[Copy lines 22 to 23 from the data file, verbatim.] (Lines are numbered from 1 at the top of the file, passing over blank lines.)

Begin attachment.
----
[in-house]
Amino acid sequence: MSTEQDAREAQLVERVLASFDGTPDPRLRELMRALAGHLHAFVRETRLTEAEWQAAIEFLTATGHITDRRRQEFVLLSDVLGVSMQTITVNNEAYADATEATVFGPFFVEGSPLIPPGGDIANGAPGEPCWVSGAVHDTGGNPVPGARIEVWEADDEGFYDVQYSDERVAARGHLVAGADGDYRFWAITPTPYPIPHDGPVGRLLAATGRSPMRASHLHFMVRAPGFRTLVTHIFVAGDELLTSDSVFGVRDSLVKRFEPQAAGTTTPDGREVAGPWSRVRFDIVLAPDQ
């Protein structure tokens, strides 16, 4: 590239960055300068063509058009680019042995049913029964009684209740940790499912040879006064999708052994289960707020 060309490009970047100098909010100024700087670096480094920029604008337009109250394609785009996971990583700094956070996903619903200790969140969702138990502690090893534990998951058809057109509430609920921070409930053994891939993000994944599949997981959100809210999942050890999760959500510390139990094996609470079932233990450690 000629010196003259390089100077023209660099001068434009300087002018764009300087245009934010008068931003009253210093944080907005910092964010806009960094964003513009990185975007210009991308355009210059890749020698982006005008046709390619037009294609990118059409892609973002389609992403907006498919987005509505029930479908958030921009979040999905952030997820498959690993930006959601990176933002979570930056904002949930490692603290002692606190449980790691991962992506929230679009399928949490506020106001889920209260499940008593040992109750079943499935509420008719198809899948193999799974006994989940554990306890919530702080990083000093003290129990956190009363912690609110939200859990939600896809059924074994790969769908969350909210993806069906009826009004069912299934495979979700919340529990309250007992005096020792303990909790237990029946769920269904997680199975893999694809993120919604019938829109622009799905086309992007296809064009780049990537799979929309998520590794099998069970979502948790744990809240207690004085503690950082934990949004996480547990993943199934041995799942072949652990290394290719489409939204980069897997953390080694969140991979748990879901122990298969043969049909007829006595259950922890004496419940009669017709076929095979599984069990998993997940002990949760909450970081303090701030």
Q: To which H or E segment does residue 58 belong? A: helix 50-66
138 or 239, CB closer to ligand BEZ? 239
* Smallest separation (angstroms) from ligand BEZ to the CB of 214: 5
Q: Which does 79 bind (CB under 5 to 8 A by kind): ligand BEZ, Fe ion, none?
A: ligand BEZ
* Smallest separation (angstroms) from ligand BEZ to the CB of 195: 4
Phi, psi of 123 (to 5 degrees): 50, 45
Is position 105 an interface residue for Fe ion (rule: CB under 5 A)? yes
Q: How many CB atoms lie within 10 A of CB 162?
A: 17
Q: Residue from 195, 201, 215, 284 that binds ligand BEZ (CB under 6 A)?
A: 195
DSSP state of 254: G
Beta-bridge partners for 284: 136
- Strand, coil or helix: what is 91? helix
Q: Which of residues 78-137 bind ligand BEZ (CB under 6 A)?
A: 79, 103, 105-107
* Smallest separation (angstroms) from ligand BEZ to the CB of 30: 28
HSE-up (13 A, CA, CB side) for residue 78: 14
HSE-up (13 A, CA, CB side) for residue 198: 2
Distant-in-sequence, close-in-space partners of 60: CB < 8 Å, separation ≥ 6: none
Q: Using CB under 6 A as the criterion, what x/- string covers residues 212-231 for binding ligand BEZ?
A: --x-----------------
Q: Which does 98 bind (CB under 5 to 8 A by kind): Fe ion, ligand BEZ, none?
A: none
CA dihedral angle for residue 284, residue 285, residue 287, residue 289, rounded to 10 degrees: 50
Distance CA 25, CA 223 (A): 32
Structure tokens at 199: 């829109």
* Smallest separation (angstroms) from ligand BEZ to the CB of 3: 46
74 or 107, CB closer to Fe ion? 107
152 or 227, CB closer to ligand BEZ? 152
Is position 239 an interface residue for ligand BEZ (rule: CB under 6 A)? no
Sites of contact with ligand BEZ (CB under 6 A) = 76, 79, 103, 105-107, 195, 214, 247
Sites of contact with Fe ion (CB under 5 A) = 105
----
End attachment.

HSE-up (13 A, CA, CB side) for residue 78: 14
HSE-up (13 A, CA, CB side) for residue 198: 2